The position on whether non-guaranteed overtime should be included in holiday pay calculations was decided in the case of Bear Scotland Ltd and others –v- Fulton and others. In that case the Employment Appeal Tribunal (EAT) concluded that where an employee does not have a contractual right to overtime but if that work is available then the employee is obliged to perform it, the remuneration for that overtime should be included in holiday pay calculations.
Bear Scotland, however, did not deal with whether pay for purely voluntary work should also be included in holiday pay calculations, which was one of the key issues determined by the ET in the case of Brettle and others –v- Dudley MBC.
Brettle and others brought a claim for unlawful deductions from wages against Dudley MBC. The employees claimed that whilst they had received holiday pay, it was not at the correct rate as it should have included an amount for voluntary overtime, voluntary standby allowances and voluntary call-out payments (and mileage payments).
Five lead claimants were identified who worked different shift patterns, with different degrees of regularity to the overtime worked. They also participated, with different degrees of regularity, to rotas where they had to be on standby and might be called out.
Having considered the existing case law, the ET judge concluded that for leave under regulation 13 of the WTR, the question was not whether the work was ‘intrinsically linked to the contract’ but whether it had become ‘normal pay’ (i.e. that which is normally received). The judge went on to find that for the test claimants the voluntary overtime, standby, call out work and mileage that they had undertaken, had been carried out for such period and with such regularity so as to become part of their normal work. Accordingly it was part of their normal pay and should therefore be included when calculating their holiday pay.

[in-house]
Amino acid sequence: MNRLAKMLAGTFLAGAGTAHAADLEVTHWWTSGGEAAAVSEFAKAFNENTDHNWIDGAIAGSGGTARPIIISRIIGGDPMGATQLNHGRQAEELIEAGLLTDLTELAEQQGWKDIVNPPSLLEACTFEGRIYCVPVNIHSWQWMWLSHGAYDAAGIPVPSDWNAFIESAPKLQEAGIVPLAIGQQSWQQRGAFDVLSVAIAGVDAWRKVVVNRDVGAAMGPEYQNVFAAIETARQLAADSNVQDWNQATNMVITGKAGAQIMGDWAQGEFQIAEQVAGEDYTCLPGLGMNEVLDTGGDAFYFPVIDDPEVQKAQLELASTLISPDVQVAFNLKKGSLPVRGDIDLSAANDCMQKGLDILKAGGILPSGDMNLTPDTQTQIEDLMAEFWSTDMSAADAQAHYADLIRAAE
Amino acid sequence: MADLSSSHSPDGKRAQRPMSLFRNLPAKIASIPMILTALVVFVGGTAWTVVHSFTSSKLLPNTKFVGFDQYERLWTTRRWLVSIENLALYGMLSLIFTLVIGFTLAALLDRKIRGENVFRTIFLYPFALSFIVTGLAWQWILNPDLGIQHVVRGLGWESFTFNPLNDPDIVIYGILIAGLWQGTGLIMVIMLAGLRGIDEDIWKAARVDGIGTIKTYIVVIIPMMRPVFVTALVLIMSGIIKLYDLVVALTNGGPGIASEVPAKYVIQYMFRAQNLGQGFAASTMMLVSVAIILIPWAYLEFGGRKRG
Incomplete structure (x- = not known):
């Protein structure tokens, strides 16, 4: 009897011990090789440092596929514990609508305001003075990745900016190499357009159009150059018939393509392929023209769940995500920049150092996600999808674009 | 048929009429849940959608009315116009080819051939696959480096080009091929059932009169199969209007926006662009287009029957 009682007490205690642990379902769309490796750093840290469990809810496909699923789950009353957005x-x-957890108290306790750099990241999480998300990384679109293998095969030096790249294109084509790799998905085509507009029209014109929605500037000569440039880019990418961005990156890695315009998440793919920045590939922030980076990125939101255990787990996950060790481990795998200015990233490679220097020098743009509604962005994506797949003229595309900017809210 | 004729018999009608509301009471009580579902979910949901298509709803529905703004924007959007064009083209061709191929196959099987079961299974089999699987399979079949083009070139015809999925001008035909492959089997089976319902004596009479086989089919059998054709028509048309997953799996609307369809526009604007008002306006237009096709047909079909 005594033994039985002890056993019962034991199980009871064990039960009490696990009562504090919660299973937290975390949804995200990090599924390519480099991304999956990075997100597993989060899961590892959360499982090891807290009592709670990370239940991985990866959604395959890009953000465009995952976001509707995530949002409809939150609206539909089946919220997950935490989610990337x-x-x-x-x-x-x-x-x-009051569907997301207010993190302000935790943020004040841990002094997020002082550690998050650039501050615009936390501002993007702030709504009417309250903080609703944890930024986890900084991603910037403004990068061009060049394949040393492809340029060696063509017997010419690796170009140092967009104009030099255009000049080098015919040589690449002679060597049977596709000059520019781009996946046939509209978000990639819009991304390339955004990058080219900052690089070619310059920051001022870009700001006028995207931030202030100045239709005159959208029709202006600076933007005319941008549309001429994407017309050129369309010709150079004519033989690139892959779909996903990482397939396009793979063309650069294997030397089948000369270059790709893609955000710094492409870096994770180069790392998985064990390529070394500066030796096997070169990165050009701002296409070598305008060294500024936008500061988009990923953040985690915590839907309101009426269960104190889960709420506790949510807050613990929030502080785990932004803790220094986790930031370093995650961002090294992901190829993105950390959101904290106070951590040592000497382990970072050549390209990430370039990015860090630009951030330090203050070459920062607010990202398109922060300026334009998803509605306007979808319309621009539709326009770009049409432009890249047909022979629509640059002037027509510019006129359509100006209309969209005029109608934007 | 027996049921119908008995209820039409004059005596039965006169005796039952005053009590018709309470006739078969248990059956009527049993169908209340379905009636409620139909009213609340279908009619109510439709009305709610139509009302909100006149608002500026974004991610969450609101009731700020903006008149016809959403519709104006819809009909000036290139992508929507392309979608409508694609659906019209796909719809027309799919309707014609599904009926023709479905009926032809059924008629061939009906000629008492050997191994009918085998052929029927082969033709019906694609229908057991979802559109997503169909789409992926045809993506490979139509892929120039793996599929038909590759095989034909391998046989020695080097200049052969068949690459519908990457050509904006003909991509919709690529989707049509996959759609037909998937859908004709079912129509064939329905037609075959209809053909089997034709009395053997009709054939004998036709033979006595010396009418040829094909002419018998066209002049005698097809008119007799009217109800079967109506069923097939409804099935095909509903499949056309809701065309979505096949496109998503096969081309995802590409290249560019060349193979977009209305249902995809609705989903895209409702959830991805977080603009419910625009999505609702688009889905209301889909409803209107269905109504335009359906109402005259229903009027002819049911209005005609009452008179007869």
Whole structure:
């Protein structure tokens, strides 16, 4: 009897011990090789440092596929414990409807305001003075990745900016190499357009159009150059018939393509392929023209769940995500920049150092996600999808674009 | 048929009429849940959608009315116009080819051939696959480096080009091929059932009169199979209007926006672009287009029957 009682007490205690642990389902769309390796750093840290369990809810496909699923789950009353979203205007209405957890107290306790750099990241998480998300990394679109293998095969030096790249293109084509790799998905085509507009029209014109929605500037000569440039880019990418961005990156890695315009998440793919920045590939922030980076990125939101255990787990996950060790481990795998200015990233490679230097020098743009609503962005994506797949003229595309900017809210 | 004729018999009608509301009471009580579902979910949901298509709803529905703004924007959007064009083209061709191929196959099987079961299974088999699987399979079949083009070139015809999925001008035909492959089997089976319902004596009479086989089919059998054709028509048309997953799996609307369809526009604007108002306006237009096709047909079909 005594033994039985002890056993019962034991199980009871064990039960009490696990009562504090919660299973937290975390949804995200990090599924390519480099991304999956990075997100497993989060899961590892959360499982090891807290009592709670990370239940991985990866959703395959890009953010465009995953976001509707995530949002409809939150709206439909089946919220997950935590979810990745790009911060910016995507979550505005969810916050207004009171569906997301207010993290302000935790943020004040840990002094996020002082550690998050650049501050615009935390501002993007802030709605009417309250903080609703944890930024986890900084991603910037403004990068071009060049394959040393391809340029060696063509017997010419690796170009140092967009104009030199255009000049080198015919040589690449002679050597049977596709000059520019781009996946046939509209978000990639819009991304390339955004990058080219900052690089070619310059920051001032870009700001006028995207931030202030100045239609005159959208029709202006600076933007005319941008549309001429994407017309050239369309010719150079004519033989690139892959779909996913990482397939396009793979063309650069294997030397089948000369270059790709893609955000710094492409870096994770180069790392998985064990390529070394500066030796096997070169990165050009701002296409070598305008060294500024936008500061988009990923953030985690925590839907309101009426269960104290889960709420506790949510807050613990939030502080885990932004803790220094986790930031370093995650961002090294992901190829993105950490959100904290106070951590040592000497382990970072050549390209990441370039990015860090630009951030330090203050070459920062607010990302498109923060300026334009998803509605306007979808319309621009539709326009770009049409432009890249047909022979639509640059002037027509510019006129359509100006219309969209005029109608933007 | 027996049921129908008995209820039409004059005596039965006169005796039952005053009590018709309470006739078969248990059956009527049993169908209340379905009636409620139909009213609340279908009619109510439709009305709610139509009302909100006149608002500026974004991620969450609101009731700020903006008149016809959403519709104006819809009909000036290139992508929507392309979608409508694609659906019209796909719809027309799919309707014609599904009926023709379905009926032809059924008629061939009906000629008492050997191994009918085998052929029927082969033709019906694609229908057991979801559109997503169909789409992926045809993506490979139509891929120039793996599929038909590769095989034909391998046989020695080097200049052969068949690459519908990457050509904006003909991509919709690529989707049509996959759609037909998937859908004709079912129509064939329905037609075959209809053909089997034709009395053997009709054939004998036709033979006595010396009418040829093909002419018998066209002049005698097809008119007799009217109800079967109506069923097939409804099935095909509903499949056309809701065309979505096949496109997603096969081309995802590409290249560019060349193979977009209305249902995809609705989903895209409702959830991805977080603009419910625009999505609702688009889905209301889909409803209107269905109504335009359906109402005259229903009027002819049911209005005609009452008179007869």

Given the differing requirements to determine holiday pay entitlement under regulation 13 as opposed to regulation 13A and additional contractual leave, it is also necessary to determine the order in which holiday is taken. The ET Judge in this case concluded that the four weeks holiday provided under regulation 13 should be taken first and it was a matter for the employer to determine the order between regulation 13A and any contractual leave.
It should be noted that this is a first tier ET decision and is therefore not binding on other tribunals and courts. It is, however, a useful guide for employers as to how tribunals and courts are likely to determine such matters going forward. If as an employer you do not currently include remuneration for voluntary work in your holiday pay calculations it would be advisable to review this approach on a case by case basis in accordance with the principles set out above, to minimise the risk of any challenges.